Recent films like Baby, Holiday and Airlift are all proof that few defend India and Indians quite as well as Akshay Kumar. The start of Rustom’s trailer invokes a similar patriotism. Looking dapper in a crisp naval officer’s uniform, we hear the actor deliver dialogues that are by now familiar. That uniform, he says, is for him a habit, much like breathing or protecting his nation. (So far, so nationalistic.) The actor’s filmography teaches us that saving one’s country has its perks – typically, a love track and a ballad. And so we see Kumar and Ileana D’Cruz get hitched. He even goes down on one knee in the snow. But there’s a catch. Rustom Pavri’s wife soon cheats on him. The naval commander is a cuckold. All this may seem novel, but the film is inspired by an incident only too real.
If you were reading newspapers in 1959, chances are you’d remember well the case of Kawas Manekshaw Nanavati. One day in April, the naval officer returned home to hear a devastating confession. His wife Sylvia admitted to having an affair with his friend Prem Ahuja. When heading to confront Ahuja, Nanavati took with him his pistol. Three shots were fired and Ahuja was found dead.
Rustom, played by Akshay Kumar, discovers love letters that were sent to his wife
Though the trailer of Rustom stays true to this chronology of events for most part, it does dramatise them with a trademark mainstream obsession. Rustom, for instance, discovers love letters that were sent to his wife. He breaks a photo frame or two. Rain pours down when he sees his wife embrace another man in a car. At one point, D’Cruz pleads with Kumar. “Rustom please, I can explain.” With a stern resolve which Kumar has rendered almost vintage, he replies, “Trust me, darling. You cannot.”
Much of Bollywood is predicated on not just the boy getting the girl, but the girl staying with him. Men are allowed to be philanderers, but women are confined by the shackles of monogamy. Going by the trailer, it is unclear if Rustom will offer D’Cruz the kind of agency that, say, a Tabu had in Astitva, but the actor’s husband in that 2000 film, Sachin Khedekar, does inadvertently make clear Rustom’s narrative trajectory. Playing a prosecutor here, Khedekar argues that Rustom’s act cannot be dismissed as some “heat-of-the-moment” aberration. He insists it was “pre-determined murder”.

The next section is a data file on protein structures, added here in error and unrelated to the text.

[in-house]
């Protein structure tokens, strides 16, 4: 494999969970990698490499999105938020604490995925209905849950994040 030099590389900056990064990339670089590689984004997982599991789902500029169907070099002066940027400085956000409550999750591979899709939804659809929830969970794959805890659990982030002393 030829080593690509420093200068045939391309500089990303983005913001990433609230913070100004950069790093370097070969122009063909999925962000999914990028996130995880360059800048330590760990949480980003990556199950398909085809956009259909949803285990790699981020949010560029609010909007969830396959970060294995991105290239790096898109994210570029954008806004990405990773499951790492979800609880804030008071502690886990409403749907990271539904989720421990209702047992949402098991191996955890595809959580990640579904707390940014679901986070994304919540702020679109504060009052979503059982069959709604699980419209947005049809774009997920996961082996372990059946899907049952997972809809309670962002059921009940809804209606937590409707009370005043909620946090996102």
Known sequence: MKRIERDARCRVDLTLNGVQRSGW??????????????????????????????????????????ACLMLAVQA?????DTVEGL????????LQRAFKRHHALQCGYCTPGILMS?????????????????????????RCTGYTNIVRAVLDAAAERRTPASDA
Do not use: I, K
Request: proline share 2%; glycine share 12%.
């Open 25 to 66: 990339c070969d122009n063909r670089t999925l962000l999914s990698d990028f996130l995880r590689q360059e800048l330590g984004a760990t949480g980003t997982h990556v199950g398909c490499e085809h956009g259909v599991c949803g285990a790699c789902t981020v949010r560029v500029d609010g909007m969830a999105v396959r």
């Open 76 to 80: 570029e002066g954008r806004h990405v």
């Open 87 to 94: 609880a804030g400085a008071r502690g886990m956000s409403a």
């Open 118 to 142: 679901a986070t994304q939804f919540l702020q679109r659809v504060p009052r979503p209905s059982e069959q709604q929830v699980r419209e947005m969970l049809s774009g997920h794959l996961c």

When hearing the case of ‘K M Nanavati vs Government of Maharashtra’, a jury – India still had a jury system in those days – spent much time wondering if the naval officer should be tried for culpable homicide. Run by RK Karanjia, the tabloid Blitz defended Nanavati publically. Ahuja’s sister fought for justice, and they each surface in the Rustom trailer, but only as caricatures of themselves. Assembled in the courtroom where Rustom is being tried, a crowd cheers from the aisles and the accounts of witnesses are applauded animatedly. Legal proceedings become public entertainment.
The hope is that Rustom will tell a story that goes beyond the headlines we have already read
With all its intrigue, the Nanavati case has inspired several fictioneers over time. Gulzar, for instance, based his 1973 film Achanak on the predicament of the naval officer. Salman Rusdhie disguised Nanavati as Commander Sabarmati in Midnight’s Children. Pooja Bhatt hopes to make a film called Love Affair which will base itself on the premise of Sylvia’s adultery. The hope is that Rustom will tell a story that goes beyond the headlines we have already read. The trouble is that the three-odd minutes of the film we have been given a peek into only deflate our optimism. They don’t amplify it.